The Chicago White Sox's Philip Humber was perfect his last time out.
While the 29-year-old right-hander dominated one of the less potent teams in baseball, he appears to have a much more difficult matchup this time around against the Boston Red Sox.
Humber takes the hill for the first time since his remarkable performance as Chicago and Boston open a four-game set Thursday night at U.S. Cellular Field.
After failing to live up to expectations throughout most of his career, it's safe to say things finally came together for Humber (1-0, 0.63 ERA) during Saturday's 4-0 win in Seattle. The third overall pick in the 2004 draft struck out nine en route to posting the 21st perfect game in major league history - just the second in April.
"I don't even know what to say," he said. "I don't know what Philip Humber is doing in this list. No idea what my name is doing there, but I'm thankful it's there."
Humber needed just 96 pitches to put away the punchless Mariners - the fewest in a perfect game since David Cone's 88 against the Expos on July 18, 1999. His performance was the 18th no-hitter and third perfect game in White Sox history.
"It's probably something you're not going to come by more than once in a lifetime," Humber said. "Just trying to take it all in and appreciate it and share it with my teammates.
"I'm overwhelmed to be a part of history in that way and never thought it would happen to me ... (but) I've got to pitch (on Thursday). It's not like the season is over and you can kind of just go home and think about it."
While Humber will take a crack at joining Johnny Vander Meer as the only pitcher with back-to-back no-hitters, a repeat performance seems unlikely with the suddenly-hot Red Sox (7-10) coming to town. Humber went 1-1 with a 5.84 ERA in two starts against Boston last season.
After dropping a season-worst five straight, the Red Sox kicked off a seven-game road trip with a three-game sweep of Minnesota. Boston scored a combined 24 runs while batting .354 against the Twins and survived another shaky outing from closer Alfredo Aceves during Wednesday's 7-6 victory.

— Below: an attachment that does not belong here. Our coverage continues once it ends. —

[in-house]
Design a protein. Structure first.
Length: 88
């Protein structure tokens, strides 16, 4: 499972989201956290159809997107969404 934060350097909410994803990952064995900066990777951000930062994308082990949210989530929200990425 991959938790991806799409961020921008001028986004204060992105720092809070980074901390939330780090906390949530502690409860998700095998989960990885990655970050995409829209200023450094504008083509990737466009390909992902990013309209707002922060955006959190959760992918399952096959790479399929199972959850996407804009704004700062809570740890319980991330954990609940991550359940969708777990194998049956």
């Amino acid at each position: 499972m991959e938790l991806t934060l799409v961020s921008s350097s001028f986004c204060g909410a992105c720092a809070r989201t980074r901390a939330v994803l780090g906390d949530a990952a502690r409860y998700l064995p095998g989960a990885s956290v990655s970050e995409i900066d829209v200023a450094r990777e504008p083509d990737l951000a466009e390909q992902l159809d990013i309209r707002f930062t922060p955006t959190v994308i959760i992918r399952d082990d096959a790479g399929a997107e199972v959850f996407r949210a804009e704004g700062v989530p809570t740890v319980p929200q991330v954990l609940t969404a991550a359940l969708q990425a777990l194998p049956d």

"Well, we got a win," manager Bobby Valentine said. "That's what it's all about at the end. Three of those innings were clean, zeroes. We like zeroes."
Dustin Pedroia finished a homer short of the cycle while Mike Aviles hit a three-run shot - his second long ball in as many days - to extend his hitting streak to seven games, during which he's batting .414.
Felix Doubront (0-0, 3.94), meanwhile, takes the hill for Boston looking to build on his best start of the season. The left-hander gave up a run, four hits and struck out seven over six innings before the Red Sox's bullpen imploded, blowing an eight-run lead in Saturday's 15-9 loss to the New York Yankees.
Doubront has never faced the White Sox (10-8), who closed out a 4-2 trek with a pair of particularly discouraging losses. One day after collecting just four singles in a 2-0 defeat at Oakland, Chicago lost 5-4 in 14 innings Wednesday.
Paul Konerko sent the game into extras with a ninth-inning homer, the 400th of his career. The White Sox went on to score twice in the 14th but Hector Santiago got just one out before allowing three runs for his second blown save.
"We had a lot of chances," said Konerko, batting .385 with four homers and 12 RBIs in his last eight games against Boston. "It was nice to get back in the game and give ourselves a chance at getting the win but it just wasn't in the cards."
The White Sox had taken 14 of 16 from the Red Sox before losing last season's final two meetings. Since winning its first two home games, Chicago has dropped four of five on the South Side.